Lifelong learners often wonder what they can learn today. Their free time is spent searching for new ways to expand their minds and improve their lives.

They take control of the learning experience. They don't hope fate will deliver them a new and wondrous learning opportunity. They go out and find that opportunity.

We all make mistakes from time to time. Sometimes when we fail, it's unexpected and can be disheartening.

One way to quickly move on from past failures or mistakes is to realize we are all human and therefore not perfect. That's okay. A failure is not who you are. It's just an experience. A failure is nothing more than a little slice of time where something didn't go as planned.

Move on. Learn from your mistake. Don't fear failure. You can become paralyzed if you are afraid of failing and making mistakes. You take no action. You can't grow and learn without being an active participant.

Each year, a common New Year's resolution is to lose weight and get in shape. One way to guarantee that's probably not going to happen is to give yourself a vague goal.

You tell yourself, "This is it. This is the year I finally lose weight and become healthier. I'm dedicated to learning anything I need to know in order to finally reach and maintain a healthy body weight." With that vague goal, it's almost inevitable that you will not succeed.

You may or may not need to lose weight, but you understand the example. You can't hit a target that isn't clear.

If a person with a weight loss goal is specific and timely, the odds go way up that they will succeed. If I said, "I'm going to lose 8 to 10 pounds in the next three months. I'll accomplish this by combining regular exercise and a better diet. I'm making more of my meals, eating out less, and eating less processed foods. My exercise routine will include strength training three days a week and walking on three alternate days." That is more specific and the possibility of success is increased.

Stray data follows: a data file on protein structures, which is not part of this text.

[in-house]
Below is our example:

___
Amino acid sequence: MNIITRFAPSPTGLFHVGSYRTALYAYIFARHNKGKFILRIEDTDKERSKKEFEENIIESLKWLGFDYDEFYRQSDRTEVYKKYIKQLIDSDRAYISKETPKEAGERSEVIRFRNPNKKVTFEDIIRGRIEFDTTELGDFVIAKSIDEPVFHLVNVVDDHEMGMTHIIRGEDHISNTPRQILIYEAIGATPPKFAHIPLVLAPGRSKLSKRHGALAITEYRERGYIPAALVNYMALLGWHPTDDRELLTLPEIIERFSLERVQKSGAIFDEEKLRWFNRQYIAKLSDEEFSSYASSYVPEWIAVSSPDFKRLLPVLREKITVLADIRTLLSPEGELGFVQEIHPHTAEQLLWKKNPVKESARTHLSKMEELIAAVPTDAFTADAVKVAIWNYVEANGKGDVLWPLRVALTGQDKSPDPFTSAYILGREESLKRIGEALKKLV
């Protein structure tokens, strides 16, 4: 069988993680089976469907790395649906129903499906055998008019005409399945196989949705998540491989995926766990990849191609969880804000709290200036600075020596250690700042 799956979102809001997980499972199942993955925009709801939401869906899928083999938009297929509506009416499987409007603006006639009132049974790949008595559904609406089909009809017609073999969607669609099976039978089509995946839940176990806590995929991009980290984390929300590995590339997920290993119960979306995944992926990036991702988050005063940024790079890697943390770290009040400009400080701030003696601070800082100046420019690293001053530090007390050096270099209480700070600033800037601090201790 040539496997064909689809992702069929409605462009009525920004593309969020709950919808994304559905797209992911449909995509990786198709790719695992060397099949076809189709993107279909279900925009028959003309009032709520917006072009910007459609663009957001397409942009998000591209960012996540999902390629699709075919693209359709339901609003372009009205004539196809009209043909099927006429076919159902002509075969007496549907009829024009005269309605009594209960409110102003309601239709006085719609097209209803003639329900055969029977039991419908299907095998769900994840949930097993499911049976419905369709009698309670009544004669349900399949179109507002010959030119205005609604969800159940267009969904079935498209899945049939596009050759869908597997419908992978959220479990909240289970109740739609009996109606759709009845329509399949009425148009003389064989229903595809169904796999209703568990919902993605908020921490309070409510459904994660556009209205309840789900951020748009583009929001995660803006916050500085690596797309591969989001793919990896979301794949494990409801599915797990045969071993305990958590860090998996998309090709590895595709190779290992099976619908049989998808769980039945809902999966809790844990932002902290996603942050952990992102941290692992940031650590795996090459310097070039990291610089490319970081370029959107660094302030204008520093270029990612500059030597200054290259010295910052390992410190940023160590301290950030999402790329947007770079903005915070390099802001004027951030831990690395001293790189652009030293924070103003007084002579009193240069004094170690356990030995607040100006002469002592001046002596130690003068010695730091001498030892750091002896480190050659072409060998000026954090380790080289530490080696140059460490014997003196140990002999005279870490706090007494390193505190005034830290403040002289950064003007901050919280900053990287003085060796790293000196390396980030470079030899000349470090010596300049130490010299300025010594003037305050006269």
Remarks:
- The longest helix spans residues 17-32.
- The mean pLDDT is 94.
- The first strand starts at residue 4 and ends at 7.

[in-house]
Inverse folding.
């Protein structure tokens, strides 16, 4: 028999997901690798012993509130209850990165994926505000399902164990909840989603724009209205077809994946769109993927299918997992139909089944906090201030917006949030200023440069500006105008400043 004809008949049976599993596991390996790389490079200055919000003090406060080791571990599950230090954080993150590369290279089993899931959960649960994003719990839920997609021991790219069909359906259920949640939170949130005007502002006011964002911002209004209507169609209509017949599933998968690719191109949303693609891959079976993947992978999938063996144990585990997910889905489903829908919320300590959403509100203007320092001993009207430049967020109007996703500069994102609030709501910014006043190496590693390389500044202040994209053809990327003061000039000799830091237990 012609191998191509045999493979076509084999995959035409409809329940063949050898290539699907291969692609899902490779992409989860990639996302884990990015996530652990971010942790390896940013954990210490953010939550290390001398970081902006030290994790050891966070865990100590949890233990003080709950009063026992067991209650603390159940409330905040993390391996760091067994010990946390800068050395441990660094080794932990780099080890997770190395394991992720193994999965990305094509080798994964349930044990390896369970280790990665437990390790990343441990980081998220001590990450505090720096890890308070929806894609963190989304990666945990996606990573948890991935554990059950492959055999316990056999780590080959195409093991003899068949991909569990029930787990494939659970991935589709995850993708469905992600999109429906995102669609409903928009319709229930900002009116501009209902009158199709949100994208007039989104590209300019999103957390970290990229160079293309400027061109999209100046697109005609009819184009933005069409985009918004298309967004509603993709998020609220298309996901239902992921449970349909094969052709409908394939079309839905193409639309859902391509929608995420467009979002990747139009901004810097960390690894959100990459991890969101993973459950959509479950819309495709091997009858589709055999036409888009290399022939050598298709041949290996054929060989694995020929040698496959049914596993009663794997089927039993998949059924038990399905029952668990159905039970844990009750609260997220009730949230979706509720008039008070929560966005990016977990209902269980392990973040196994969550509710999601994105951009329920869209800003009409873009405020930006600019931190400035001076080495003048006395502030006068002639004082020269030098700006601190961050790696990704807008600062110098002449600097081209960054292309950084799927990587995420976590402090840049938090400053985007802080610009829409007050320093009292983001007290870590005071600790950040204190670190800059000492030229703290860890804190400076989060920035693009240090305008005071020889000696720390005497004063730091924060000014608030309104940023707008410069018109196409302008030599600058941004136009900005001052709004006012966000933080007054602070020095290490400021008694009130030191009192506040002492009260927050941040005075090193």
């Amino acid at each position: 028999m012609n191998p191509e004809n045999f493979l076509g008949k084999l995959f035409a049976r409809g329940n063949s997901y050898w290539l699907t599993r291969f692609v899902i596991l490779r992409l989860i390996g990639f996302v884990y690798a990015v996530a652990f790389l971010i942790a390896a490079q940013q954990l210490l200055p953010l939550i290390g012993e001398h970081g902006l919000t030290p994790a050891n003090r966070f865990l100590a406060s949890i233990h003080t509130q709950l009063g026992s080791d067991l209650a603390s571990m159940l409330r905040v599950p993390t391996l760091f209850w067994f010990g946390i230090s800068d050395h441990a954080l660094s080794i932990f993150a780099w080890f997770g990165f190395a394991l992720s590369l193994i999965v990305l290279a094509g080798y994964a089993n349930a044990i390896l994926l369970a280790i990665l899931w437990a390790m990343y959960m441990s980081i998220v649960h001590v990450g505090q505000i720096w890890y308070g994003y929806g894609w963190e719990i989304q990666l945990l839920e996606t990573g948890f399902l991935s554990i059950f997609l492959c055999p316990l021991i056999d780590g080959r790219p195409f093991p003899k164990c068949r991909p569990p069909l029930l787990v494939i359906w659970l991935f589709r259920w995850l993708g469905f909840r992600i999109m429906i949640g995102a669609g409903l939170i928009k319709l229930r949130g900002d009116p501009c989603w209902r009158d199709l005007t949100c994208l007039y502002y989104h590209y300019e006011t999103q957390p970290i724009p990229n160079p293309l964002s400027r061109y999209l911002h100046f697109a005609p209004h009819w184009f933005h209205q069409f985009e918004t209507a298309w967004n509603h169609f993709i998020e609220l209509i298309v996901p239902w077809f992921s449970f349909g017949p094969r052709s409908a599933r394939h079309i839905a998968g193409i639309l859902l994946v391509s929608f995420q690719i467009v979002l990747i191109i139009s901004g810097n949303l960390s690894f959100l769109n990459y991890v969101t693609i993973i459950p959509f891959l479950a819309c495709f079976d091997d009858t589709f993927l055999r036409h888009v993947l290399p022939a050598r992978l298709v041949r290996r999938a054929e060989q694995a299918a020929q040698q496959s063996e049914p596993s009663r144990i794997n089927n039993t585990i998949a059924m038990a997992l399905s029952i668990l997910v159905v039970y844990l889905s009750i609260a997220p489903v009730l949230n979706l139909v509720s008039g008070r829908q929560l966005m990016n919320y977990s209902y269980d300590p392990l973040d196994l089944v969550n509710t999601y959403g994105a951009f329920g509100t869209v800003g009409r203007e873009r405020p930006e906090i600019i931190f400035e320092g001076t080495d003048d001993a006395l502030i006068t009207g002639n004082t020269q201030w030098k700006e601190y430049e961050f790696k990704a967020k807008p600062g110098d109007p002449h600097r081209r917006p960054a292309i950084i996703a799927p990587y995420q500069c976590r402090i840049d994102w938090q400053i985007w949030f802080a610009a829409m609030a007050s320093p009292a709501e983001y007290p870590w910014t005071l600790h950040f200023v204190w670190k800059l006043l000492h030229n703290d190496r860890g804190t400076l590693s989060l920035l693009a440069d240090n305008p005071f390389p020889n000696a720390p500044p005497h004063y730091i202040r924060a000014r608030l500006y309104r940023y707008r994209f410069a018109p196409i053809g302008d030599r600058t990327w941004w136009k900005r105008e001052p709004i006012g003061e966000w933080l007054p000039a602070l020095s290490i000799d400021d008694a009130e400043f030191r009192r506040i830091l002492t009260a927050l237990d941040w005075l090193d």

Imagine that you're in your 50’s and decide to pursue a higher education degree. You kick it around your mind for a year or two. You start to dabble in educating yourself, and then you stop.

What were you thinking? You're too old to start an education that could take years for you to develop and complete. You might not live long enough to benefit from it.

When I finished my doctorate late in my career, someone commented, “It’s a shame you didn’t do that earlier when it would have benefited you more professionally.” However, the courses and dissertation kept me engaged, introduced me to new concepts and I’ve had the opportunity to use what I learned from my dissertation in a variety of ways that I never imagined.

It's never too late to get started. Some of the most successful people in the world got started later in life. They kept learning and taking action, and that's what you need to do.

How can you benefit from continuing to learn? Want to advance your career? Increase your income? Become a better parent? Have you ever wanted to learn a new language?

Many of my friends are taking painting classes, cooking classes, learning musical instruments, or learning skills that will help them with their career. These are all examples of learning something new to improve your life in some way.

Lifetime learning means consciously and actively pursuing new skills and obtaining more knowledge. Embrace the healthy learning habits we just covered, and you can enjoy a life full of self-improvement.

If I can be of assistance, contact me at or check out free resources at